ISTANBUL: President Recep Tayyip Erdogan’s newly anointed rival in May elections pledged Tuesday (Mar 7) to “end this madness” and turn Türkiye into a peaceful nation in which its various communities get along.

Kemal Kilicdaroglu emerged victorious Monday from a bruising leadership battle between the heads of six parties united in the single goal of ending Erdogan’s two-decade domination of his nation of 86 million people.

The bookish 74-year-old leader of the secular CHP party offers a study of contrasts to Erdogan – a bombastic speaker and pious Muslim whose catchy charisma is offset by worries about his commitment to human rights.

Erdogan had spent months ridiculing opposition leaders for repeatedly trying and failing to settle their rivalries and forge a common front at the ballot box.

Kilicdaroglu put an end to that on Monday by walking out on stage before celebrating supporters and raising the hands of some of Türkiye’s most popular politicians that he hopes will put him over the top in the very close race.


These include the opposition mayors of Istanbul and Ankara – two leaders that polls show stand an even better chance of defeating Erdogan.

Kilicdaroglu also secured the crucial backing of a staunchly nationalist party that can eat away at Erdogan’s more traditional base of support.

Türkiye’s bond prices shot up on hopes that this new team is strong enough to beat Erdogan and then follow through on pledges to put the crisis-stricken country on a more predictable and market-friendly course.

“Today, we are very close to overthrowing the throne of the oppressors,” Kilicdaroglu told his party faithful in his final parliamentary address.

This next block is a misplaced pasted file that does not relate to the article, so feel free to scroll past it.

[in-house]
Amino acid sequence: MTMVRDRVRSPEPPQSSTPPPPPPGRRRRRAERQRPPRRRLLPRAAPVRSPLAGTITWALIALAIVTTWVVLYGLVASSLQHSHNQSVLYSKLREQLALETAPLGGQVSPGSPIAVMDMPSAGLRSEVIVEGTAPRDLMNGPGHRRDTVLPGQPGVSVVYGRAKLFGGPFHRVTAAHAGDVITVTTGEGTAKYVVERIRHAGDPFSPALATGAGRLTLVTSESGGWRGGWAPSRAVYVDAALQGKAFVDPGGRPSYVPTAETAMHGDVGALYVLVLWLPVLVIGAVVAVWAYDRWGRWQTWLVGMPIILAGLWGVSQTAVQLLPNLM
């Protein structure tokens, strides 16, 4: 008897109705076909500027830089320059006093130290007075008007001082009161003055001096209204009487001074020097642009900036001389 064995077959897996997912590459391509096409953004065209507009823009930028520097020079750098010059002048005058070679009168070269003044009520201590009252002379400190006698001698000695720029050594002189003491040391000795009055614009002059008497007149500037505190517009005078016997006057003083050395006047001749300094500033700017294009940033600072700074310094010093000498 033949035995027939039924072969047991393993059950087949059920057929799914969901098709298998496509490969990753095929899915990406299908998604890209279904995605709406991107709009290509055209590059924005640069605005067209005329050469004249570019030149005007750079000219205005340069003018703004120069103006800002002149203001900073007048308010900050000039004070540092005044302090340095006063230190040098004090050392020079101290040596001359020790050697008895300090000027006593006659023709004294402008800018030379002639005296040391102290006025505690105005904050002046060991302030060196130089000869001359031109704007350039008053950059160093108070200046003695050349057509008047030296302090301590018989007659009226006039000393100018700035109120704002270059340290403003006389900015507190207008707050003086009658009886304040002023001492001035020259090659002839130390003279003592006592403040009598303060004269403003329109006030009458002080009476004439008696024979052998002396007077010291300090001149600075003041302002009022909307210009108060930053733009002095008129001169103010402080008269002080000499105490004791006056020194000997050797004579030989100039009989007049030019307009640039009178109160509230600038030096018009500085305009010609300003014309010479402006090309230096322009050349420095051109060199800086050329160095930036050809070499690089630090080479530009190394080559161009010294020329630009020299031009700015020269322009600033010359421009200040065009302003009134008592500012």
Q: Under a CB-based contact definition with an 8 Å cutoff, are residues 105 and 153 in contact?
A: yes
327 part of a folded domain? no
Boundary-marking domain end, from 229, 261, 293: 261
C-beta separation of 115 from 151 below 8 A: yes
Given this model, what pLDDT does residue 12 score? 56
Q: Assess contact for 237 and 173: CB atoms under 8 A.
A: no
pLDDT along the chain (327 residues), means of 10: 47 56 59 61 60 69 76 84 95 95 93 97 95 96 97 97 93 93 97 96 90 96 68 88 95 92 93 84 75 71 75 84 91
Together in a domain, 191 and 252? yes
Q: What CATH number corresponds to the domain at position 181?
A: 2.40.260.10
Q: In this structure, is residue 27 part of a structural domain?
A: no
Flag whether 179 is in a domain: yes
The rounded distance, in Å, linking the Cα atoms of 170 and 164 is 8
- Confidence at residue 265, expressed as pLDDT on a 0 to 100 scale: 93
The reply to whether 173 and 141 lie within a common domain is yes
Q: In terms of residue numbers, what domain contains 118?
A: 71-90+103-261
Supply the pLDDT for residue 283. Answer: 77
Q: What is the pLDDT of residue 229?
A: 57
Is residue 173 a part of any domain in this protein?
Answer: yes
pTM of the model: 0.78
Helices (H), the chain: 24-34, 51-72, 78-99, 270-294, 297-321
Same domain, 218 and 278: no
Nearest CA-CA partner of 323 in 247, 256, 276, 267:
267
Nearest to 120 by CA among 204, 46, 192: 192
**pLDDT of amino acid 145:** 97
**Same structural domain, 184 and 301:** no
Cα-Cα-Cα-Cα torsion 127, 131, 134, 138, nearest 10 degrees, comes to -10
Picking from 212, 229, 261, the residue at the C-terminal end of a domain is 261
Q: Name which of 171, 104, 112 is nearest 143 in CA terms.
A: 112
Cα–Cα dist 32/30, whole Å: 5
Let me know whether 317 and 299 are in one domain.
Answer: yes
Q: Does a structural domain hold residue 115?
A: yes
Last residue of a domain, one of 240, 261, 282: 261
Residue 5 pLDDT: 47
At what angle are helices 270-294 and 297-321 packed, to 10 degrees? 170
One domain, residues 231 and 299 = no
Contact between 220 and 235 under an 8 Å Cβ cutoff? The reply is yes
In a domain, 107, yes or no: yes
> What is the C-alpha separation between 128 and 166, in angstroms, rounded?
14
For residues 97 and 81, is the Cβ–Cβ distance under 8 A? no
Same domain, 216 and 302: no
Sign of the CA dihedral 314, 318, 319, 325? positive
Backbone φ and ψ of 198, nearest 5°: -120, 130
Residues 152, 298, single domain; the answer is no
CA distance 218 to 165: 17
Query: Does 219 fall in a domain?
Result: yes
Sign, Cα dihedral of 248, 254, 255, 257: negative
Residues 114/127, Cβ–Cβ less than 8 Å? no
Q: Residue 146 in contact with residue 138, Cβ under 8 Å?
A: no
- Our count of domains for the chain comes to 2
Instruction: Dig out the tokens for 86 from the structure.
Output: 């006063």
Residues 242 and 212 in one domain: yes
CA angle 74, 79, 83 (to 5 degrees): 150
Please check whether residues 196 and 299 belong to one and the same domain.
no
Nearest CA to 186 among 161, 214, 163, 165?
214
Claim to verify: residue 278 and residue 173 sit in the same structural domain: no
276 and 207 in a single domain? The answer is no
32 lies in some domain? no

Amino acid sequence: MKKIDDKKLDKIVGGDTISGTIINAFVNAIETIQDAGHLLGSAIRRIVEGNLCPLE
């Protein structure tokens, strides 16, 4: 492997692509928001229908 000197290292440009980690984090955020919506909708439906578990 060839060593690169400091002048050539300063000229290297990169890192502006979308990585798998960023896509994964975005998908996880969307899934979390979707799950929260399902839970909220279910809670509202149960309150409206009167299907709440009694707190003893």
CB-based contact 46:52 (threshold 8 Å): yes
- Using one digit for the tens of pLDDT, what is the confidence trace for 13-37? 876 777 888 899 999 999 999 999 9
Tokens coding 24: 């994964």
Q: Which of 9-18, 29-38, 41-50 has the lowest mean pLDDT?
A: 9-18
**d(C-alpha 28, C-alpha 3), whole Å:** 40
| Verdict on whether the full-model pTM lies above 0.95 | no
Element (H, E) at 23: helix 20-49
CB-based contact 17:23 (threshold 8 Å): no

“Together, we will end this madness,” he added. “I am hopeful, my friends. I am very hopeful.”

The upcoming election is widely seen as Türkiye’s most consequential since its birth as a post-Ottoman republic 100 years ago.


Erdogan has shaped Turkish society in his image while turning the NATO member into a regional power that has engaged in wars across the restive region and is battling a Kurdish insurgency across its southern flank.

He also prides himself on having never been defeated at the polls.

The upcoming vote is turning into his toughest election test yet.

Erdogan was battling a year-long economic meltdown when a massive earthquake killed tens of thousands across Türkiye’s southeast last month.

A top United Nations official on Tuesday estimated the cost of the damage at more than US$100 billion.

But the political price for Erdogan from his the government’s slow response in the first days of the disaster is difficult to assess.

A poll by the Yoneylem social research centre showed Erdogan’s public approval holding steady at around 41 percent over an 11-month stretch up to late January – just days before the quake hit.

It also showed Kilicdaroglu’s support rising from 29 to 46 per cent.

Gonul Tol of the US-based Middle East Institute said the opposition’s chances rose sharply after Istanbul mayor Ekrem Imamoglu and his Ankara counterpart Mansur Yavas agreed to join Kilicdaroglu’s proposed new government.

“The formula reached over the weekend significantly improves the opposition?s electoral prospects,” she wrote in a report.


Kilicdaroglu is now expected to reach out to leaders of Türkiye’s pro-Kurdish HDP party to try and further expand his appeal.

The HDP had been excluded from the opposition alliance because of some of its members’ more nationalist views.

But it joined a broad-tent coalition that won historic municipal elections across Türkiye’s main cities in 2019.

“Kilicdaroglu is a master of creating coalitions in a polarised country by building bridges between political parties from both the left and right sides of the political spectrum,” IstanPol Institute director Seren Selvin Korkmaz said on Twitter.

The HDP has enjoyed the support of around 10 per cent of Türkiye’s voters and is seen as a kingmaker in the race.

The party signalled late Monday that it was halting plans to run its own candidate but would listen to new overtures from the opposition bloc.

“If the HDP (joins Kilicdaroglu), the opposition might win the elections in the first round, without having to go to a second-round run-off,” Tol wote.



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